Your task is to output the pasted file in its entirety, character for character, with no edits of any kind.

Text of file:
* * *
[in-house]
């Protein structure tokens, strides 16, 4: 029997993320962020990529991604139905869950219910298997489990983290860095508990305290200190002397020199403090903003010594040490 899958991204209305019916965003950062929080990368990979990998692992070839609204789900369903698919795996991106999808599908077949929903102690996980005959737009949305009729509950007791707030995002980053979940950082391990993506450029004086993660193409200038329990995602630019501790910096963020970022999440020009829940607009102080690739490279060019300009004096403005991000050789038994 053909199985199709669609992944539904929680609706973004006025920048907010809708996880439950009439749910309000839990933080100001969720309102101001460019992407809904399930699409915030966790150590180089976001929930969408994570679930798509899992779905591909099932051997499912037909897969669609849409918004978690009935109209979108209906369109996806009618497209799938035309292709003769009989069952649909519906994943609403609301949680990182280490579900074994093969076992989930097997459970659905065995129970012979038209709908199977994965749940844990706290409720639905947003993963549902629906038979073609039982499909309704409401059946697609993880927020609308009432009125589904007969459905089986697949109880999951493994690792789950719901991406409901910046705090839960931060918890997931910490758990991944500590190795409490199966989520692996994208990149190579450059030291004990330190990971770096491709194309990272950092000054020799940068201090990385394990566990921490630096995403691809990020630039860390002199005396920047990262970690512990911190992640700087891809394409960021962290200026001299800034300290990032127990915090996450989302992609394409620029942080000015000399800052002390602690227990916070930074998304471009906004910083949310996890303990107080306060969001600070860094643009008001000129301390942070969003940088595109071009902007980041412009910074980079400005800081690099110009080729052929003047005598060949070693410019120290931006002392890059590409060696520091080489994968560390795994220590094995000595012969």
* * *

[in-house]
């Protein structure tokens, strides 16, 4: 029997993320962020990529991604139905869950219910298997489990983290860095508990305290200190002397020199403090903003010594040490 899958991204209305019916965003950062929080990368990979990998692992070839609204789900369903698919795996991106999808599908077949929903102690996980005959737009949305009729509950007791707030995002980053979940950082391990993506450029004086993660193409200038329990995602630019501790910096963020970022999440020009829940607009102080690739490279060019300009004096403005991000050789038994 053909199985199709669609992944539904929680609706973004006025920048907010809708996880439950009439749910309000839990933080100001969720309102101001460019992407809904399930699409915030966790150590180089976001929930969408994570679930798509899992779905591909099932051997499912037909897969669609849409918004978690009935109209979108209906369109996806009618497209799938035309292709003769009989069952649909519906994943609403609301949680990182280490579900074994093969076992989930097997459970659905065995129970012979038209709908199977994965749940844990706290409720639905947003993963549902629906038979073609039982499909309704409401059946697609993880927020609308009432009125589904007969459905089986697949109880999951493994690792789950719901991406409901910046705090839960931060918890997931910490758990991944500590190795409490199966989520692996994208990149190579450059030291004990330190990971770096491709194309990272950092000054020799940068201090990385394990566990921490630096995403691809990020630039860390002199005396920047990262970690512990911190992640700087891809394409960021962290200026001299800034300290990032127990915090996450989302992609394409620029942080000015000399800052002390602690227990916070930074998304471009906004910083949310996890303990107080306060969001600070860094643009008001000129301390942070969003940088595109071009902007980041412009910074980079400005800081690099110009080729052929003047005598060949070693410019120290931006002392890059590409060696520091080489994968560390795994220590094995000595012969």